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NHL lockouts undermine efforts to grow in United States

The Hockey News

The Hockey News

A major struggle the NHL has faced in its history is transitioning from a niche sport to a big-league show that attracts fans from markets that can’t sustain an outdoor rink. But the biggest reason this has been such a mammoth struggle is, well, the NHL itself.

In the “non-traditional” hockey markets, the option to play while growing up isn’t as popular or as easy to come by as it is in Canadian or northern American destinations. Many of these folks have been introduced to hockey by the NHL’s charge into their backyard. We’ve heard commissioner Gary Bettman talk endlessly over the years about “growing the game” and attempting to push the league closer to the front of the mind of casual American sports fans.

The problem is, the idea of “growing the game” is always trumped by the owners’ goal of profit certainty. The NHL’s tactic of locking out its players time and again to reach this goal regresses any efforts to become relevant in big-league America.

Seven years ago, when the league basically wrote its CBA, it didn't even take the time to evaluate the long-term effects of optimistic revenue growth on its small market teams, which were devastating. By the time that deal ran out, Atlanta had moved, Phoenix went bankrupt and budget teams were being forced to spend more on payroll than was allowed by even the biggest spenders at the start of the agreement. Now, to reel in the excess they allowed to happen again, the owners are once more closing their doors and shutting out the sprouting southern fan bases. Last time, Atlanta was robbed of an All-Star game and Tampa Bay couldn’t cheer on its first Stanley Cup team. This time it’s Columbus and Los Angeles in the same positions. That’s no way to grow the game’s fan base.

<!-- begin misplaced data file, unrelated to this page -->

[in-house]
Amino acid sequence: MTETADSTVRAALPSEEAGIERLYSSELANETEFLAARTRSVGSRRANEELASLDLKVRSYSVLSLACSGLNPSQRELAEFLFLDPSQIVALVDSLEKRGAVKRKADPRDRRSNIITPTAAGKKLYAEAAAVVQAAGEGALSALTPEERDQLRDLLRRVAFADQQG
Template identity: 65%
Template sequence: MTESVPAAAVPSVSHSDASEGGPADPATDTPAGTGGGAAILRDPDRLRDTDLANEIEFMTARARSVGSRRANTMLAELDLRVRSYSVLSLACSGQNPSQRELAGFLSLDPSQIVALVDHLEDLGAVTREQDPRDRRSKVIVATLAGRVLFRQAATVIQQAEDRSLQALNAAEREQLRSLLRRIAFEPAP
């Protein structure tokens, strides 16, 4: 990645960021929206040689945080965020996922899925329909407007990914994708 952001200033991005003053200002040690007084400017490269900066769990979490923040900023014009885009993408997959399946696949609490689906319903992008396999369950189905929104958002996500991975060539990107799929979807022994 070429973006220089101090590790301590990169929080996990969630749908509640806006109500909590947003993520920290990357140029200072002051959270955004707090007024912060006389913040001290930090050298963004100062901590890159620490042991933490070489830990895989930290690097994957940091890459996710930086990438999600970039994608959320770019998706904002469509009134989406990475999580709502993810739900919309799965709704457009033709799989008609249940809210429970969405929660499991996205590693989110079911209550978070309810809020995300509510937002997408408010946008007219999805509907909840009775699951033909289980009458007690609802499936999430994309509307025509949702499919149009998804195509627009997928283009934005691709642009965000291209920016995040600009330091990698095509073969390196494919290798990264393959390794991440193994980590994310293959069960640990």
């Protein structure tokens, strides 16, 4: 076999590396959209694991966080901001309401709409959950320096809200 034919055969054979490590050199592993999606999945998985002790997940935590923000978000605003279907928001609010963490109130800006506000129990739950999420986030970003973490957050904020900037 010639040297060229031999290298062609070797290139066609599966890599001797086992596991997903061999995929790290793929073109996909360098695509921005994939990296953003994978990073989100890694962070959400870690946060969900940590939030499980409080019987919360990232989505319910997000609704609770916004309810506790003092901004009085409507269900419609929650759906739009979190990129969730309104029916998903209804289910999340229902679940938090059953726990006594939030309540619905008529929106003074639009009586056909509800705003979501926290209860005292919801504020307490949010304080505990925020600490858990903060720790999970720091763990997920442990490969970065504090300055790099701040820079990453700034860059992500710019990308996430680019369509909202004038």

The suggestion that some owners wouldn’t mind starting the season until after American Thanksgiving or even New Year’s - when it can supposedly garner more attention - even runs in contrast with game-growing. This defeatist mindset submits to the other three major sports without even attempting to challenge them. It’s this mindset that allowed the league to construct a labor agreement where major growth actually stung and somehow put it in this dire circumstance. It has held back the owners from acknowledging the probability of revenue growth and from using that knowledge to strike a fair deal with the players.

The owners either don’t believe in their own product or are holding the game hostage for nothing else than an immediate payout. How does either promote the game to new fans?

Now, hockey has grown in the U.S. in the sense that prospects from Texas, California and other non-traditional places are advancing to higher and higher levels and the American program has been better off for it. But in a recent poll that asked readers if they had ever played minor hockey, more than half of the respondents said no – so the fact more legitimate prospects are sprouting from a certain area doesn’t automatically translate to greater interest in the NHL among casual fans.

And make no mistake, the NHL’s ultimate goal always revolves around the bottom line - bolstering the grassroots game is a nice peripheral bonus, but not the ultimate goal. It is a business, after all.

For all the work the league has done to boost its presence south of the border, it seems oblivious to the fact it’s strangling the progress it has committed more than 20 years towards by arrogantly ruling with an iron fist. The majority of Canadian fans will always come back, but the league and its commissioner had to fight tooth and nail for its American audience. Now the league has embarrassed itself and shutdown again to involve itself in a series of negotiations that further undermine Bettman’s American aspirations the longer they drag on.

The owners care more about profits than growing the game, even though growing the game would lead to more profits.

The NHL is plagued by shortsighted leaders who preach growth but keep the game in the background so long as they safely end up in the black.

Rory Boylen is's web editor. His column appears regularly only on

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